If you want to be taken seriously as a YA writer, the one thing you should probably not do is write a paranormal fantasy novel. What with all those Twilight adepts out there, one would start to think that YA fiction is always dark and it’s a struggle to find anything light on those library bookshelves,… So I guess, writing an urban fantasy book of fiction as your debut novel with the word necromancer in the title is something you would only do when you’re totally desperate and want to hop on that dark desperate wagon of despicable dark YA fiction… ‘Cause, you know, these books are a few of our favorite things.
Sam (short for Samhain) LaCroix is a slacker college dropout. He works at the local fast food place, Plumpy’s (great name for a fast food place!), and enjoys the occasional game of potato hockey with his friends. One night that game gets rudely interrupted when über-baddy Douglas Montgomery notices Sam and accuses him of hiding his necromancy powers from the Council and he’s about to get seriously hurt if he doesn’t do as he says. Say what? Sam is as clueless as Megan Cox Gurdon in a Teen Library, but figures that when his co-worker Brooke ends up as a body-less speaking head, he’d better take Douglas Montgomery’s threats at face value.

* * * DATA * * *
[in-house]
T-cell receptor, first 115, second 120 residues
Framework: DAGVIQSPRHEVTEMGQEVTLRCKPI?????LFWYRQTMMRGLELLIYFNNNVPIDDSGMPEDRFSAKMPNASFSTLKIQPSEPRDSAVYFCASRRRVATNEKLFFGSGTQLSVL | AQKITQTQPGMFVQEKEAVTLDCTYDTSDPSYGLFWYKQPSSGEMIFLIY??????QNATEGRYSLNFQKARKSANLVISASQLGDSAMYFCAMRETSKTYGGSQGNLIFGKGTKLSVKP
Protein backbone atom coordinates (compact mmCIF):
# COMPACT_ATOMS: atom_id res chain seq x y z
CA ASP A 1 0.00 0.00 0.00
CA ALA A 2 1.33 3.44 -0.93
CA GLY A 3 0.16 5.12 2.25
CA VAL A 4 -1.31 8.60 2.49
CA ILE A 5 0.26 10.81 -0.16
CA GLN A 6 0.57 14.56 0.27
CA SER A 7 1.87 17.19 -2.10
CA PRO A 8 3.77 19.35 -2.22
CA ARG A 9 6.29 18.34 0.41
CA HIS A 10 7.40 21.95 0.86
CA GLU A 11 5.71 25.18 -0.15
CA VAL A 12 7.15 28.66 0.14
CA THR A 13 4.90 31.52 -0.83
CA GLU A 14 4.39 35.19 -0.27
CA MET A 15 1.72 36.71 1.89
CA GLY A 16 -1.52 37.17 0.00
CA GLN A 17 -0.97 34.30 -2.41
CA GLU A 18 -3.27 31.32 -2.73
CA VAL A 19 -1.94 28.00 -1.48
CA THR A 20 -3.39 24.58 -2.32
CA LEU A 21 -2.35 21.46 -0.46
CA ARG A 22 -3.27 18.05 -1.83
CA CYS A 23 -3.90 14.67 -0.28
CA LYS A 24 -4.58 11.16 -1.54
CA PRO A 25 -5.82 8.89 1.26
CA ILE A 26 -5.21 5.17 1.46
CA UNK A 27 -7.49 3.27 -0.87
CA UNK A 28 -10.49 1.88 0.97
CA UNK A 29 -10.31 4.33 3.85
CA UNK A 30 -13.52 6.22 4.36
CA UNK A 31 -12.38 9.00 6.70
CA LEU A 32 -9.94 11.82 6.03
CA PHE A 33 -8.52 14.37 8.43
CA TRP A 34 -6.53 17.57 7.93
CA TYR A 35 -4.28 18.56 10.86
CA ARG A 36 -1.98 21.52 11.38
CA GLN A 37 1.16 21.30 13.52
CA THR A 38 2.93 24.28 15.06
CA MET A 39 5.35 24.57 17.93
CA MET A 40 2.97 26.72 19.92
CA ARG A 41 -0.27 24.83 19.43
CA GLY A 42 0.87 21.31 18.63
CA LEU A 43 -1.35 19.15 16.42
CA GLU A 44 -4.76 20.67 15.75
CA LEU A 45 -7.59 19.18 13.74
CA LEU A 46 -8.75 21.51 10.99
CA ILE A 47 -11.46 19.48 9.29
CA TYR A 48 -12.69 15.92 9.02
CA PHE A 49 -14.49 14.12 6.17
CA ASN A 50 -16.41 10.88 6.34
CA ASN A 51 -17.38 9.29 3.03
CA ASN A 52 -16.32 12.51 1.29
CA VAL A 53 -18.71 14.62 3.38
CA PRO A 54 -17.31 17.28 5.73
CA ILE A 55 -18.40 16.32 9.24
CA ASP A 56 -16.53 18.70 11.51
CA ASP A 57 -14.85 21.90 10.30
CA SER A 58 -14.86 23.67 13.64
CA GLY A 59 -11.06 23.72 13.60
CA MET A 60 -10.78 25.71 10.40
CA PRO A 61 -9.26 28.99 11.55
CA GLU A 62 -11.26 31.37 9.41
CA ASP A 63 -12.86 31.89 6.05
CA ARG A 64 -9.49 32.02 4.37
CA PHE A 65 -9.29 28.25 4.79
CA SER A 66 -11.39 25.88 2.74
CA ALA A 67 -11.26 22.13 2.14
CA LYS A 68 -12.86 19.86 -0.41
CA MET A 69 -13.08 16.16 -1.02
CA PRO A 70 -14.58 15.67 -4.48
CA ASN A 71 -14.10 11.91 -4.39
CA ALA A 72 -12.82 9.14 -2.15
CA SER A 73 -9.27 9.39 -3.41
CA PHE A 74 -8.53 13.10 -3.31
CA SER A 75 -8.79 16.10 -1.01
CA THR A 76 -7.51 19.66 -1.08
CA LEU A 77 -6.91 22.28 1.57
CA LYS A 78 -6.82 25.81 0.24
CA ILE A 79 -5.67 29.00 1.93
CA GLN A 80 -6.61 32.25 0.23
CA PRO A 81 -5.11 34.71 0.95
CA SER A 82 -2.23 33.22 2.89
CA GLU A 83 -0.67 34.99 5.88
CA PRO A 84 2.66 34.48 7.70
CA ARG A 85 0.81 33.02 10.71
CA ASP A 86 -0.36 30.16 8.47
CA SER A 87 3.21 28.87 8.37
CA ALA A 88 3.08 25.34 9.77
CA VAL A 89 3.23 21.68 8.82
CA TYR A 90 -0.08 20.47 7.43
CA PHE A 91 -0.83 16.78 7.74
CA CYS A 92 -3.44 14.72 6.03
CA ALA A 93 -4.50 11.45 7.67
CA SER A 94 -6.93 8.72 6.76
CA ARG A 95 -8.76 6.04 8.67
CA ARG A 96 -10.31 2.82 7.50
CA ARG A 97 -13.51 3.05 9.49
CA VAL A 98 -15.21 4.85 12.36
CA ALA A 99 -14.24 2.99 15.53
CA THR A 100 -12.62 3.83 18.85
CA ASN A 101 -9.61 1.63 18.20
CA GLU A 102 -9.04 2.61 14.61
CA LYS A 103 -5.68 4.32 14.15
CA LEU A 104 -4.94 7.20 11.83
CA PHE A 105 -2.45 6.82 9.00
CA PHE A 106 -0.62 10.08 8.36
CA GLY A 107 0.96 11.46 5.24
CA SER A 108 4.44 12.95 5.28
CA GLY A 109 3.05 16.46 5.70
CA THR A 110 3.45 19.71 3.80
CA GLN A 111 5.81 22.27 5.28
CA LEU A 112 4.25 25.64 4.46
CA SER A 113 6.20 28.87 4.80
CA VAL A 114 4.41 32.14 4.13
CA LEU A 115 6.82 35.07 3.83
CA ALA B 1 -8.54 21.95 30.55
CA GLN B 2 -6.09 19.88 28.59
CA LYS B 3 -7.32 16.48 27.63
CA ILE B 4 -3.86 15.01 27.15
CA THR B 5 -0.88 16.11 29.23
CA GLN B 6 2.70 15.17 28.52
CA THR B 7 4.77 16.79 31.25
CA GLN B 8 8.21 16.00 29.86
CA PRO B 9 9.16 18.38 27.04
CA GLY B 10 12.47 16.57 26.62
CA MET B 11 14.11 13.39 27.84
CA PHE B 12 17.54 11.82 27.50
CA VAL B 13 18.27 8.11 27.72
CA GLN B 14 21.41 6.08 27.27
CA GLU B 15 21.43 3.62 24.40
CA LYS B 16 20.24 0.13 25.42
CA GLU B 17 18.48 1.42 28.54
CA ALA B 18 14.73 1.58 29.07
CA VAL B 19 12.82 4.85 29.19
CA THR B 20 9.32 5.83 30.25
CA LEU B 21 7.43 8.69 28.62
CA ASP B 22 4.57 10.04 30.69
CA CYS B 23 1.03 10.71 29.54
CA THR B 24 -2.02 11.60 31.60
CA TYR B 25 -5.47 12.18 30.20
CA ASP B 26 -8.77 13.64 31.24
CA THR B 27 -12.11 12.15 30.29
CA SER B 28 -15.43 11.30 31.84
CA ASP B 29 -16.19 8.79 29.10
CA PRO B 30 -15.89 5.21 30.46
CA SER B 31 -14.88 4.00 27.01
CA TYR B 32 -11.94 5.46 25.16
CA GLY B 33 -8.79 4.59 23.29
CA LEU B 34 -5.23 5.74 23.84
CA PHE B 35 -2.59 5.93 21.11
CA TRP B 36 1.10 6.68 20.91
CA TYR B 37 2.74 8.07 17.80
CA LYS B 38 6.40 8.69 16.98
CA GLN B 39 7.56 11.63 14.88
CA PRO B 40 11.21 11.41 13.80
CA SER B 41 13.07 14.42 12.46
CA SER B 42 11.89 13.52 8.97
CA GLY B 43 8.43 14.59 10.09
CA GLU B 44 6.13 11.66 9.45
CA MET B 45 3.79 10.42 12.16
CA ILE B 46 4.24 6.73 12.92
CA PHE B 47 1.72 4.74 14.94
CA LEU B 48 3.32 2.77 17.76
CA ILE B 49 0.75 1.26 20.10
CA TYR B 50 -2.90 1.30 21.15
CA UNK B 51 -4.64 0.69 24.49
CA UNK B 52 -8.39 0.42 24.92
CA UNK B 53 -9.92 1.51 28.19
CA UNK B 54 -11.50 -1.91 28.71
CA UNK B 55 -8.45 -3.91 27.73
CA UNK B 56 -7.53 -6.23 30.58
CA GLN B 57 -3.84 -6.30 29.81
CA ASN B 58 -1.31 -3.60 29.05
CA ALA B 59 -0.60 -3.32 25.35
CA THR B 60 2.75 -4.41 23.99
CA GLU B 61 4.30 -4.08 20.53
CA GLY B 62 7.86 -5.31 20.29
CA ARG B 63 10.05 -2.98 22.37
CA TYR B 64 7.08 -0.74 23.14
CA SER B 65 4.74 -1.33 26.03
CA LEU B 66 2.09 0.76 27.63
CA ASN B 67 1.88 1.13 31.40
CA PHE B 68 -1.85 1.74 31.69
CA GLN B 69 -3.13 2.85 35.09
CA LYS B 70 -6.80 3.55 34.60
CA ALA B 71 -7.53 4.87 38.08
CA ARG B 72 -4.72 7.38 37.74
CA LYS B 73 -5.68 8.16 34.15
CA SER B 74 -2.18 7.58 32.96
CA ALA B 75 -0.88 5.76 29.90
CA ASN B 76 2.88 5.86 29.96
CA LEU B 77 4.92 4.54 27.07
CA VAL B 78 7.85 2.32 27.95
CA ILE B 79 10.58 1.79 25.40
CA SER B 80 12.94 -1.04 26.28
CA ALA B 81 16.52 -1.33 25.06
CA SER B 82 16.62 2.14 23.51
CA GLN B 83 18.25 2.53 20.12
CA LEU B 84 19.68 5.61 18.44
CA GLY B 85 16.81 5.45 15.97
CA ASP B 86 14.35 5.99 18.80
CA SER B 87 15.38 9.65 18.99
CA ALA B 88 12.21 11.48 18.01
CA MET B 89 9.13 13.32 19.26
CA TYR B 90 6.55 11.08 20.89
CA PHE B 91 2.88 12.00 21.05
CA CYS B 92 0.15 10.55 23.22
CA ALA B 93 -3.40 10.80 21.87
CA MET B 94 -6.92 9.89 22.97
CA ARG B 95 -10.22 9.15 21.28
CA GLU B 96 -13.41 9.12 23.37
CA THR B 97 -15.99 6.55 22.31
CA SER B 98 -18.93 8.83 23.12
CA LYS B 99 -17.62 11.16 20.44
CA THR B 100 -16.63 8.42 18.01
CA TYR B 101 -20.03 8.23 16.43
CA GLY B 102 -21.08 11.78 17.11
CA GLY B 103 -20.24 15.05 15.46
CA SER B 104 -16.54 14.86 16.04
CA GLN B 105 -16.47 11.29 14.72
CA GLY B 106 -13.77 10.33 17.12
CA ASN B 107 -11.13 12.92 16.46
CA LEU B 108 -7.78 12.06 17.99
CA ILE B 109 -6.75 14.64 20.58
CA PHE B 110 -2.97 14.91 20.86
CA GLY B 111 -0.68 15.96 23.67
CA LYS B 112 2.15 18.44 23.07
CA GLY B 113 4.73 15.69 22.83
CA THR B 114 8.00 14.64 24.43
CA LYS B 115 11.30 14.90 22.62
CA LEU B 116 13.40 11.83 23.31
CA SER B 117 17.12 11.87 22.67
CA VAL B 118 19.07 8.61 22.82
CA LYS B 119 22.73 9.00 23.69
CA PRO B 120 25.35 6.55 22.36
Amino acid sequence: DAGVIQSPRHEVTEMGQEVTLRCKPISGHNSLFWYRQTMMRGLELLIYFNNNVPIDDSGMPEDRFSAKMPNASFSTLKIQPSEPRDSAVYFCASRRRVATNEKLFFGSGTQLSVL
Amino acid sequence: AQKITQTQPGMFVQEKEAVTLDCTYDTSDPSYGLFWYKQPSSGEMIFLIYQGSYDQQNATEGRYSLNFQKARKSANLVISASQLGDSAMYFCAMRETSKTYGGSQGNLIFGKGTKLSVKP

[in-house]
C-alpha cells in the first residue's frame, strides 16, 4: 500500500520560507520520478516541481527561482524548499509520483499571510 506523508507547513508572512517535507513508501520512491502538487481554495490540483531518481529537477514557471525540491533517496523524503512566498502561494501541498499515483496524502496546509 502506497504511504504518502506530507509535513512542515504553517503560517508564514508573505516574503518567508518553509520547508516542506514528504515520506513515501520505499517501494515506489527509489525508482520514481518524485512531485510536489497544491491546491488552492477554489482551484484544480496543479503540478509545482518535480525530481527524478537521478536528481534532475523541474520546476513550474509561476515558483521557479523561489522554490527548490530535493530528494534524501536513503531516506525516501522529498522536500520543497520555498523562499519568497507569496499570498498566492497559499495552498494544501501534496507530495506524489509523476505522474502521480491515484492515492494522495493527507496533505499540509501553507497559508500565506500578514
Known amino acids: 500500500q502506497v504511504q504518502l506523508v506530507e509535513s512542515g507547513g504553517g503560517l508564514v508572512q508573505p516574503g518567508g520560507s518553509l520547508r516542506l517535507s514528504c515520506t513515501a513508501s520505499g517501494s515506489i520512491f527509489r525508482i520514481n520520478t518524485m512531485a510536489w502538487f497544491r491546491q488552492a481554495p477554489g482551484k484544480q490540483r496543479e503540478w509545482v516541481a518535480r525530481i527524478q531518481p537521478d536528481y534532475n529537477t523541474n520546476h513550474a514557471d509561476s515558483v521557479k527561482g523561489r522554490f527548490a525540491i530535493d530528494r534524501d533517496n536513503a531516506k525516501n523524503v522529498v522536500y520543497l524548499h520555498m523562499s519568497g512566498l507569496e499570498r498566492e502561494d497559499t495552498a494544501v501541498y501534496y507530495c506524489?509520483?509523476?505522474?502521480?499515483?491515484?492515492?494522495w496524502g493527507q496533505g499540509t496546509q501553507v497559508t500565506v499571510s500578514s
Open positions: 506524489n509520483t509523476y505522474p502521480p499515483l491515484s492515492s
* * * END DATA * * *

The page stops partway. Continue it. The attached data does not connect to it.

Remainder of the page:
Yes, there are dead bodies, zombies, werewolves, killings and other rough and gruesome bits and pieces scattered throughout this urban tale of darkness and doom. However, there’s also wit, and snark, and self-deprecating humor. Not to mention that if books could be TV, Hold Me Closer, Necromancer would be Buffy The Vampire Slayer, and is hence chockfull of pop culture references, not to mention that it has its own musical soundtrack (the titles of the chapters all refer to songs). The cat likes Buffy The Vampire Slayer. A lot.
Besides the fact that Lish McBride has found a healthy balance between fun and scary, she also shows that she can carefully construct her own world within a book. The book alternates between different perspectives: mostly first person narrative when we’re dealing with Sam, and third person narration when other characters are introduced or when the reader needs to hear background story. The different storylines ultimately merge and there’s of course the almost obligatory final battle, in which Lish McBride can hardly disguise that she’s written a hugely entertaining metaphorical story of growing up in an urban jungle. Yes, there’s sex involved. Yes, there’s death involved. And witchcraft. How…dark….
With a huge amount of cross-over appeal, Hold me Closer, Necromancer is an eclectic tale of wit and horror. It blends the modern urban fantasy, romance and coming-of-age genre, making it incredibly hard to not to like this novel at least a little bit, let alone to dismiss it based on cover, title or place on the Teen Library shelves. BTW, did I mention there were gnomes involved?